Proposed bill to restrict aftermarket car audio equipment fails in Hawaii
Is a car complete without a great audio system? I indirectly asked that question in a recent piece that dealt with installing MP3 audio systems in classic cars, and I'd like to think the answer is no. One of the first things I've always done when purchasing a car is swap out the deck and speakers.
But, while having a high-powered audio system in your car can be great, we all know that some drivers take it a step too far. (Yes, I'm talking to you in your souped-up Honda, blasting reggaeton). And apparently legislators in Hawaii feel the same way.
Earlier this year, the Specialty Equipment Market Association (SEMA) denounced a proposed bill in Hawaii that would "ban the installation, ownership or use of any car with aftermarket speakers more than 6.5 inches in height or depth, any five-speaker aftermarket system" in an attempt to reduce this form of noise pollution.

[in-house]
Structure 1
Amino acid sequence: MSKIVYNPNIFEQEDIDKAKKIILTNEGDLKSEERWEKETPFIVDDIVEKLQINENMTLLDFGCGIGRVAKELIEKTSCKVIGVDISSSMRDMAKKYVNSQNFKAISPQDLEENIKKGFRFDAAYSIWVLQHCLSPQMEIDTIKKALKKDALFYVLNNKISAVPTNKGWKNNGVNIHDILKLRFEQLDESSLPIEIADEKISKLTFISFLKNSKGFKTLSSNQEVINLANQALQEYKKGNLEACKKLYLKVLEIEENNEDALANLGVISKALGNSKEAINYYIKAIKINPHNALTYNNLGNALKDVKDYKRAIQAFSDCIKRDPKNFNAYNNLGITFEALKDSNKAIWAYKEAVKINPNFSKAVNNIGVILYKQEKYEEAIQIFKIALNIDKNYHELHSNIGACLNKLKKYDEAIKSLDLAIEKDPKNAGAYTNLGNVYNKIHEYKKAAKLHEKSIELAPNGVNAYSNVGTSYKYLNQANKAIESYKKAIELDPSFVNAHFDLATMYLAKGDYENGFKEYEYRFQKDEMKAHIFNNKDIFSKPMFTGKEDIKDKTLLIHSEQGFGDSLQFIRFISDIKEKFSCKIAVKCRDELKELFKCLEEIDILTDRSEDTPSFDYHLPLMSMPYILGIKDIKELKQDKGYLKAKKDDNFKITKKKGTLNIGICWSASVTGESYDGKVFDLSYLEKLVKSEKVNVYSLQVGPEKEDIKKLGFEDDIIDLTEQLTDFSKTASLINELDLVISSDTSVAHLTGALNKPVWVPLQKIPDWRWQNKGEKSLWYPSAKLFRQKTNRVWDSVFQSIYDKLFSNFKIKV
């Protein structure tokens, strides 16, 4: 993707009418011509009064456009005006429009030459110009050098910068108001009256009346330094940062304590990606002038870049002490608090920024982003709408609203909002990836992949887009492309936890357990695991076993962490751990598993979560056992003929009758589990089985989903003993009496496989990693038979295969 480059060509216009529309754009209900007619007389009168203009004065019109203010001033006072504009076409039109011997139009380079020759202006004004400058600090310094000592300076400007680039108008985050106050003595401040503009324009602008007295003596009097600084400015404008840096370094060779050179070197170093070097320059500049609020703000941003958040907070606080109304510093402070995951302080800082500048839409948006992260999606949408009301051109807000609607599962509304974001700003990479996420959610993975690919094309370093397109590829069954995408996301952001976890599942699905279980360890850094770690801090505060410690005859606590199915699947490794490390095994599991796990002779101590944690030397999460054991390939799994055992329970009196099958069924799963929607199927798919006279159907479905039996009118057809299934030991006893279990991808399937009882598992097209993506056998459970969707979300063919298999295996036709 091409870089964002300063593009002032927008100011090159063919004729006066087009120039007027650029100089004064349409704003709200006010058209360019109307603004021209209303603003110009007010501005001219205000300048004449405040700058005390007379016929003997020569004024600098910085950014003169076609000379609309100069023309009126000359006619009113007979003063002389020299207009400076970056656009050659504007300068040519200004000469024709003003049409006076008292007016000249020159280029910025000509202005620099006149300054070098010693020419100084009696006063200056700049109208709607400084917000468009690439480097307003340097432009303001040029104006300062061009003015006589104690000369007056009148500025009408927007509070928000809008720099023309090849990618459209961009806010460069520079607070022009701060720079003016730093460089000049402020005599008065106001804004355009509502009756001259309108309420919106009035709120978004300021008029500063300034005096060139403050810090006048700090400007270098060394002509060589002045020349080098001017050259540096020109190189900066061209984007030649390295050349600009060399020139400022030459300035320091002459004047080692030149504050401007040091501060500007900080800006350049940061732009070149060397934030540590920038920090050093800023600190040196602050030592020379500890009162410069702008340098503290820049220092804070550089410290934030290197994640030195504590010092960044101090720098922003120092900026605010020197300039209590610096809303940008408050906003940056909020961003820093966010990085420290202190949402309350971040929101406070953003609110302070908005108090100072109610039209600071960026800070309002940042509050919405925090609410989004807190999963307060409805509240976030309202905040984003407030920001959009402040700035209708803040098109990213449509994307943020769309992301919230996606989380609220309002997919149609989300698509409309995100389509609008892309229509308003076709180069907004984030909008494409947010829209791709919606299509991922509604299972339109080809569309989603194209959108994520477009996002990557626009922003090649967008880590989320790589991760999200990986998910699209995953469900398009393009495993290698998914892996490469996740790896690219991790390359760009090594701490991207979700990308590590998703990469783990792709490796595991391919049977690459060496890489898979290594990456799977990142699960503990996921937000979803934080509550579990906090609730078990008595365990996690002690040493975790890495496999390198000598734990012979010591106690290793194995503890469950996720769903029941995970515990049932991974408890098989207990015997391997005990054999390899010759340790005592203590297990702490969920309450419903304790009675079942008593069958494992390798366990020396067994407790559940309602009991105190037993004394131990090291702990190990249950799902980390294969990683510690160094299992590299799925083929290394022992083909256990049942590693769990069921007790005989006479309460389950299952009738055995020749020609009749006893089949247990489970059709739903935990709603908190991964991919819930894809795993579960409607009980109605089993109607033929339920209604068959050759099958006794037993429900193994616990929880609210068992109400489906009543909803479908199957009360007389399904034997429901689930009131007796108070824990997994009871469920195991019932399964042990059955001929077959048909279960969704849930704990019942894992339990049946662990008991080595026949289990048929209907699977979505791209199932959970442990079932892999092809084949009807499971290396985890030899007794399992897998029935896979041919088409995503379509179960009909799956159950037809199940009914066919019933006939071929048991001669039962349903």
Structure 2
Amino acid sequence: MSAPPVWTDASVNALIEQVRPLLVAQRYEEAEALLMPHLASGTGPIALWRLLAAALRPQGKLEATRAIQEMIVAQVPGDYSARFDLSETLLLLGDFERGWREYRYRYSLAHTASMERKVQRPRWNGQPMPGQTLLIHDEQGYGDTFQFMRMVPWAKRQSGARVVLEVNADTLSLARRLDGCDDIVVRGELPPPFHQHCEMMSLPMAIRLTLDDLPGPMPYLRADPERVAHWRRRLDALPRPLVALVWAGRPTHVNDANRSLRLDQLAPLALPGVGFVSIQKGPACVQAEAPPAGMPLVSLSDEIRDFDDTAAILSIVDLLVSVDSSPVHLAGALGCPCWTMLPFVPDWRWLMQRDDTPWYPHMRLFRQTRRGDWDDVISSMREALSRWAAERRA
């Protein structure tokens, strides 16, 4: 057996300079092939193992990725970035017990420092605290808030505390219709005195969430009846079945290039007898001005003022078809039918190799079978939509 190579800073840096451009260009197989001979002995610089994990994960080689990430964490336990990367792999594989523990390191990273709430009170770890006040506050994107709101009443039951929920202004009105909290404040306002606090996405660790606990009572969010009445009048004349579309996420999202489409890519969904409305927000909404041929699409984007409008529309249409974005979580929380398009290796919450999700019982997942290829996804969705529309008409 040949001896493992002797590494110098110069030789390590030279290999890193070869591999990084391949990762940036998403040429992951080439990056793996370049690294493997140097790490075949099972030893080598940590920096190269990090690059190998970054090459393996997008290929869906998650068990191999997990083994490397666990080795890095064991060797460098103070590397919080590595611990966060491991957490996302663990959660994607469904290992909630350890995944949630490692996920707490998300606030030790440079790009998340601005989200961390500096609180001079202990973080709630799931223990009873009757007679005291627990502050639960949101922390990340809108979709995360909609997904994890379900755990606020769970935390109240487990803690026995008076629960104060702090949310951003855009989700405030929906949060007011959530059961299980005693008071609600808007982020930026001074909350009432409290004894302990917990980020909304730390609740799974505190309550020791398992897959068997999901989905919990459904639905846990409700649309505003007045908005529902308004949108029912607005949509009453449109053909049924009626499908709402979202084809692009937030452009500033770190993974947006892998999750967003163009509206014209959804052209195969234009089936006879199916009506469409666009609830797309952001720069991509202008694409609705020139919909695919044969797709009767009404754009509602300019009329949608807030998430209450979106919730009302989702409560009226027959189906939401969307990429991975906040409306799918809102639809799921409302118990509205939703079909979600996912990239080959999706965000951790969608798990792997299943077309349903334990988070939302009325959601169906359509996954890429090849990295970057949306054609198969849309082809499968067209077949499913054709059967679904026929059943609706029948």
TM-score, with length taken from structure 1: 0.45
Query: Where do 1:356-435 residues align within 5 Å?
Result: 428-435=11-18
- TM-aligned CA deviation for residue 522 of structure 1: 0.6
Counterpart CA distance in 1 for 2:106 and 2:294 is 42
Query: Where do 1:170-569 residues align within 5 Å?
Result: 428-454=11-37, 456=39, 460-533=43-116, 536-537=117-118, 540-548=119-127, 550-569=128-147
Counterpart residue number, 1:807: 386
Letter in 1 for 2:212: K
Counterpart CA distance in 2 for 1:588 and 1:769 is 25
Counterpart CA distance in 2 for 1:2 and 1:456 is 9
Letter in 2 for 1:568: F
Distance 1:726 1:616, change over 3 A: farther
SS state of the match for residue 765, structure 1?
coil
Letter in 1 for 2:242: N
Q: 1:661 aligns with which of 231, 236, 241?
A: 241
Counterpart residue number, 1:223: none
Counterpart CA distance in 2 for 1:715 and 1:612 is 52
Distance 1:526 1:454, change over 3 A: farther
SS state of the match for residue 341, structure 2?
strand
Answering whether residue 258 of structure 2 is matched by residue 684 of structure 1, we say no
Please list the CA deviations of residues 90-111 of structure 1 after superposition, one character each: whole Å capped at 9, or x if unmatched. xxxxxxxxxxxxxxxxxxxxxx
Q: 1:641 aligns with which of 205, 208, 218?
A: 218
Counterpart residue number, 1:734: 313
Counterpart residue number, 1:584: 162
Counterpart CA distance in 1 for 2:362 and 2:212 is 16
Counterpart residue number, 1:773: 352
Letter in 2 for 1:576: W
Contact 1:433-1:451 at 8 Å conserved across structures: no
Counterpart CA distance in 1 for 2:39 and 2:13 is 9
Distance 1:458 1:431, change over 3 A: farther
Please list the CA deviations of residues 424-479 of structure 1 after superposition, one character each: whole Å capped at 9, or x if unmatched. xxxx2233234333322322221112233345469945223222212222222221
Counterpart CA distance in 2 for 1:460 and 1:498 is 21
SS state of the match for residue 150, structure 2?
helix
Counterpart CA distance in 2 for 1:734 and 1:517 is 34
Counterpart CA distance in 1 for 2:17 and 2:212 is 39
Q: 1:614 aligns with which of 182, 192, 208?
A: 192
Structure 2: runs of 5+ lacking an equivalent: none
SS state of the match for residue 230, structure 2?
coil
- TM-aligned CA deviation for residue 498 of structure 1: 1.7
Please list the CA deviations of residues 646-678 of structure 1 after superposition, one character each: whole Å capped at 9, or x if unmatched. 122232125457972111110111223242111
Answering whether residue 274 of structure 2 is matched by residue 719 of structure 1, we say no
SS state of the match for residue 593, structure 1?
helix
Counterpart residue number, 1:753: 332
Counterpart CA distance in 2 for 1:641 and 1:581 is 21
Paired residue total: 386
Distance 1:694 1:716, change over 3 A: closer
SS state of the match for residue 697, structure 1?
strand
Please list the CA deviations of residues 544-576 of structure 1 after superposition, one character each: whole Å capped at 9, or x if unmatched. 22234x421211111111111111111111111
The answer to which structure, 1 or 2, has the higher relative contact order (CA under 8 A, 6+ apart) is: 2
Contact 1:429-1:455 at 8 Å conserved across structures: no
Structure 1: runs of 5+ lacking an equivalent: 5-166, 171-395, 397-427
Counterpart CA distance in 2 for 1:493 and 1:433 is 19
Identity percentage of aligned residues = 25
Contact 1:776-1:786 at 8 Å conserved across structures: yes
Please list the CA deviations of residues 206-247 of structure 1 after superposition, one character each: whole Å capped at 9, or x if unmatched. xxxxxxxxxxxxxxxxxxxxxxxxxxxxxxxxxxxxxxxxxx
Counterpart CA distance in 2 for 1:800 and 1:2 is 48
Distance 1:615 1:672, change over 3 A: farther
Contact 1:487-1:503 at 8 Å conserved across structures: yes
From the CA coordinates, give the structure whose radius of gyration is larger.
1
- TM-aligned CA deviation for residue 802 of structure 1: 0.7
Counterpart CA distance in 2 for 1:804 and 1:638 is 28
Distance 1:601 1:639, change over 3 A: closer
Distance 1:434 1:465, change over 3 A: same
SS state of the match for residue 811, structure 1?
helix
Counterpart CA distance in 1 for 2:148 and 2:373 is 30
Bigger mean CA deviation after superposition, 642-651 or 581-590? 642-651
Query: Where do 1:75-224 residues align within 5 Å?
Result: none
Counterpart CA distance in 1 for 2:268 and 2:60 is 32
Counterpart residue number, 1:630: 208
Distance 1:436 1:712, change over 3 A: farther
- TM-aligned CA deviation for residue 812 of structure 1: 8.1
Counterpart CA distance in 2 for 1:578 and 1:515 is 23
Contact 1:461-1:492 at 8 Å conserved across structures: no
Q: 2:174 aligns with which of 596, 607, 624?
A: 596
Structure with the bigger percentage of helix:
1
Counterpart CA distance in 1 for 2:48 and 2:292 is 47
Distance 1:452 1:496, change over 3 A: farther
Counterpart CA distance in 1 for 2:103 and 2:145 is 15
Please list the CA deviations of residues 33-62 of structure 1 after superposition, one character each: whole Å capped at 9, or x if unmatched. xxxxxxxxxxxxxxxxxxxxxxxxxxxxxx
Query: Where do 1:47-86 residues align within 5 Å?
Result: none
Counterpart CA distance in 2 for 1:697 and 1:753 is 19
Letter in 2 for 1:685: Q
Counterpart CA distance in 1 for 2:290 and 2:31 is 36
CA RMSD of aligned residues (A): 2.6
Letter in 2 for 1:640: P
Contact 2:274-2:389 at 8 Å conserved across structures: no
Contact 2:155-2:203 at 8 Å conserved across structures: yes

In addition, the bill sought to make it illegal for car owners to install an aftermarket speaker of more than 100 watts in an open hatchback or an external to the passenger compartment. SEMA called the bill discriminatory to aftermarket products, as the proposed regulation would not affect any audio system installed by a manufacturer or dealer.
However, for now, it seems car owners in Hawaii and the aftermarket audio businesses that serve them can breathe a sigh of relief. SEMA reports that the bill failed to pass when the state's legislature adjourned its session on May 31. But, while this may seem like a victory, elected officials in the state can reintroduce the bill in 2013.
Have you installed aftermarket audio equipment in your car? If so, what are your thoughts on the proposed law?